New Zealand dairy giant Fonterra announced on Saturday that tests of some ingredients used in infant formula and sports drinks have turned up a type of bacteria that could cause botulism, and customers were urgently checking their supply chains.
The company is the world’s fourth-largest dairy company, with annual revenues of about US$16 billion (HK124 billion).
The news comes as a blow to New Zealand’s dairy industry, which powers the country’s economy. New Zealand exports about 95 per cent of its milk.
Consumers in China and elsewhere are willing to pay a big premium for New Zealand infant formula because the country has a clean and healthy reputation. Chinese consumers have a special interest after tainted local milk formula killed six babies in 2008.
The Centers for Disease Control describes botulism as a rare but sometimes fatal paralytic illness caused by a nerve toxin.
Fonterra said it has told eight of its customers of the problem, which dates back more than a year, and they were investigating whether any of the affected product is in their supply chains. Fonterra said those companies will initiate any consumer product recalls.
At a news conference Saturday, Fonterra repeatedly refused to divulge the companies, countries or specific products affected. Gary Romano, the managing director of Fonterra’s New Zealand milk products, said his company supplies raw materials to the eight companies and it is up to them to inform their consumers of what products might be tainted.
The company did acknowledge its chief executive, Theo Spierings, planned to fly to China in Saturday, in part to deal with the fallout from the botulism scare.
Romano said the problem was caused by unsterilized pipes at a Waikato factory. He said three batches of whey protein weighing about 42 tons were tainted in May last year, adding that Fonterra has since cleaned the pipes.
The company said in a release it identified a potential quality problem in March when a product tested positive for the bacteria Clostridium. Many strains of the bacteria are harmless, the company said, and product samples were put through intensive testing over the following months. It said that on July 31 it discovered the presence of a strain of the bacteria that can cause botulism.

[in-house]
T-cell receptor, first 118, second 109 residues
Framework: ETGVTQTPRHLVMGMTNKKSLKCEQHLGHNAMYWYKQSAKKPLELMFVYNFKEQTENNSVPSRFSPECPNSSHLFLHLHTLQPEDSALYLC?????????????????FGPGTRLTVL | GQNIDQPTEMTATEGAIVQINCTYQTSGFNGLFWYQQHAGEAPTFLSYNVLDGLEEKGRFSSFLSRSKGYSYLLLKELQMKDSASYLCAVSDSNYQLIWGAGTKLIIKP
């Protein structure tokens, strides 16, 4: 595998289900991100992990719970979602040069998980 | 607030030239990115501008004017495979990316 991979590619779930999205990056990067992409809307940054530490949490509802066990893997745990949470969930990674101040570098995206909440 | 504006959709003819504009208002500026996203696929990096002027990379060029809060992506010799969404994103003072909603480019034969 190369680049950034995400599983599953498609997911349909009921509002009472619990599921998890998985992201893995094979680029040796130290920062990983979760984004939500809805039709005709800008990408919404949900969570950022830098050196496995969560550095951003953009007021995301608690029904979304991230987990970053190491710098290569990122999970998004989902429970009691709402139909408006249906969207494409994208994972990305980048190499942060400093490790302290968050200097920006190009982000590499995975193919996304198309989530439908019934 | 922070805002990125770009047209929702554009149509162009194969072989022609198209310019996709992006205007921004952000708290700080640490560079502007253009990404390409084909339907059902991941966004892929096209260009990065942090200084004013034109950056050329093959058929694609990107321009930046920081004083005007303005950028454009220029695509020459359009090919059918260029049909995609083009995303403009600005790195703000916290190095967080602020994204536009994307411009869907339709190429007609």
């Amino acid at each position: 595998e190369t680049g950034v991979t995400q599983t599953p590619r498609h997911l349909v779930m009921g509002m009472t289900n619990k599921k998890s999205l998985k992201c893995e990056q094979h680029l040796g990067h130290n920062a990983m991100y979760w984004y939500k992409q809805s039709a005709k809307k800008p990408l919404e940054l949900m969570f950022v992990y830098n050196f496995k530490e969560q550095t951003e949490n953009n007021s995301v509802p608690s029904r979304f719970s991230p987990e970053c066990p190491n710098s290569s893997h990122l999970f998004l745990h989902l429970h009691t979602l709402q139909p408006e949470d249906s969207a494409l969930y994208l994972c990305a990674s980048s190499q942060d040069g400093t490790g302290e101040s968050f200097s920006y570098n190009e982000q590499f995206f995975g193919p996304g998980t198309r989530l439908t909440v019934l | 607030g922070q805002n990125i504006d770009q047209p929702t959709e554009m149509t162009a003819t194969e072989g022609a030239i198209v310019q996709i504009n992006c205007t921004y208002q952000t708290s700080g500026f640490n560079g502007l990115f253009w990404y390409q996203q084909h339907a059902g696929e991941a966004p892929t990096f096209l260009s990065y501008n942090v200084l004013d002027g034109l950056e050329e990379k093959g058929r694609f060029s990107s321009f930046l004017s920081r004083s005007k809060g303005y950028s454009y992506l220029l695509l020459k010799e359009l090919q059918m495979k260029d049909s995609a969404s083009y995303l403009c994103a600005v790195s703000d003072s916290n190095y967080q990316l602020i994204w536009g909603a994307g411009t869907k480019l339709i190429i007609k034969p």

Romano said Fonterra hasn’t received reports of anybody getting sick and added that the problem hasn’t affected any fresh milk, yoghurt, cheese or long-lasting heat-treated milk.
New Zealand’s Ministry for Primary Industries said it was working with the company to investigate.
Spierings, the chief executive, said in the release that food safety was the company’s top priority.
“We are acting quickly,” he said. “Our focus is to get information out about potentially affected product as fast as possible so that it can be taken off supermarket shelves and, where it has already been purchased, can be returned.”
Rabobank’s last year Global Dairy Top 20 report ranked Fonterra as the world’s fourth-largest dairy company by revenue behind Nestli, Danone and Lactalis. The company is a cooperative, partially owned by thousands of farmers.
In 2011 the company collected 15.4 billion litres of milk in New Zealand, representing about 90 per cent of the country’s total.
In 2008, six babies in China died and another 300,000 were sickened by infant formula that was tainted with melamine, an industrial chemical added to watered-down milk to fool tests for protein levels.